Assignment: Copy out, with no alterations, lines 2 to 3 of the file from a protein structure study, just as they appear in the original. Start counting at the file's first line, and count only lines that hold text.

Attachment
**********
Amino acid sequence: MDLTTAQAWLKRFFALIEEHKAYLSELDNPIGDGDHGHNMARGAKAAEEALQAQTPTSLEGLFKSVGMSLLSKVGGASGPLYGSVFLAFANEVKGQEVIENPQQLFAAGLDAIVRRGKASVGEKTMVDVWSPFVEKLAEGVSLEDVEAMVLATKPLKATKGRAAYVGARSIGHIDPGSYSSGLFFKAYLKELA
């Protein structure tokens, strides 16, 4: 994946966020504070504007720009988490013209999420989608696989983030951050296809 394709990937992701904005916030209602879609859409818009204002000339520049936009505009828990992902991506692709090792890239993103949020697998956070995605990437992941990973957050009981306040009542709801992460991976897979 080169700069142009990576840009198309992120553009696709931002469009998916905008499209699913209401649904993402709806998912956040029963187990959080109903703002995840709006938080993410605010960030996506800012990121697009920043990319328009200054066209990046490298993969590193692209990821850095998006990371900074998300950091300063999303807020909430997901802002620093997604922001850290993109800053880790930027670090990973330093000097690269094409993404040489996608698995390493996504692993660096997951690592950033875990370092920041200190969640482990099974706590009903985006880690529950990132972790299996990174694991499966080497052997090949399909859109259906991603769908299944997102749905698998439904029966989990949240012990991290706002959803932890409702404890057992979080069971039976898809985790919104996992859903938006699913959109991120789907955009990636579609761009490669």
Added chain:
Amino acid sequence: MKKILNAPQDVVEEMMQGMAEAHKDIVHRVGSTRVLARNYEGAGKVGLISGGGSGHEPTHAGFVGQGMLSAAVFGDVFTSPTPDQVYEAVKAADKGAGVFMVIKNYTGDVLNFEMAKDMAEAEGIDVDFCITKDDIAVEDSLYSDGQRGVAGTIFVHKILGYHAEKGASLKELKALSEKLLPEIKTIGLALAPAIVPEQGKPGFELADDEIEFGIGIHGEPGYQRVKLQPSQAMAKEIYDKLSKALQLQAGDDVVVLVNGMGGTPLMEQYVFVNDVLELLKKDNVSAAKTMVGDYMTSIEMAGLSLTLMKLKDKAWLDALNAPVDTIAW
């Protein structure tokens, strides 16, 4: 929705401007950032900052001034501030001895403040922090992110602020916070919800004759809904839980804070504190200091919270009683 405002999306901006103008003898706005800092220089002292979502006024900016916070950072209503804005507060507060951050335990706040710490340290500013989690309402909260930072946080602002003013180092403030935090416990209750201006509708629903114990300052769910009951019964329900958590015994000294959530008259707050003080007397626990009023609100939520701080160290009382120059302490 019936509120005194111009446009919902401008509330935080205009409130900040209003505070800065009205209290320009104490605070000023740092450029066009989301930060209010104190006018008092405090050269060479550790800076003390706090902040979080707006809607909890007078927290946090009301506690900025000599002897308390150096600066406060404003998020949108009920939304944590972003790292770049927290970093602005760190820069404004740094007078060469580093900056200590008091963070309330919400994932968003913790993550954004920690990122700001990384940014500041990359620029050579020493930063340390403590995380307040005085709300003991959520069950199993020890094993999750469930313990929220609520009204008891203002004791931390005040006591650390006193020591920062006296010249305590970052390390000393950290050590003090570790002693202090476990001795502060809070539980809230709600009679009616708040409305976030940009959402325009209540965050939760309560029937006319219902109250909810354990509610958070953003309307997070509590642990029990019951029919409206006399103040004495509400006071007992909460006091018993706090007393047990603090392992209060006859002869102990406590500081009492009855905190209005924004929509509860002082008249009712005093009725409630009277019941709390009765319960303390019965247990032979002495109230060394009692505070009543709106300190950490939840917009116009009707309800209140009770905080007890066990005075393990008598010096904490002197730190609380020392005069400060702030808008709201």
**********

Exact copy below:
């Protein structure tokens, strides 16, 4: 994946966020504070504007720009988490013209999420989608696989983030951050296809 394709990937992701904005916030209602879609859409818009204002000339520049936009505009828990992902991506692709090792890239993103949020697998956070995605990437992941990973957050009981306040009542709801992460991976897979 080169700069142009990576840009198309992120553009696709931002469009998916905008499209699913209401649904993402709806998912956040029963187990959080109903703002995840709006938080993410605010960030996506800012990121697009920043990319328009200054066209990046490298993969590193692209990821850095998006990371900074998300950091300063999303807020909430997901802002620093997604922001850290993109800053880790930027670090990973330093000097690269094409993404040489996608698995390493996504692993660096997951690592950033875990370092920041200190969640482990099974706590009903985006880690529950990132972790299996990174694991499966080497052997090949399909859109259906991603769908299944997102749905698998439904029966989990949240012990991290706002959803932890409702404890057992979080069971039976898809985790919104996992859903938006699913959109991120789907955009990636579609761009490669």
Added chain: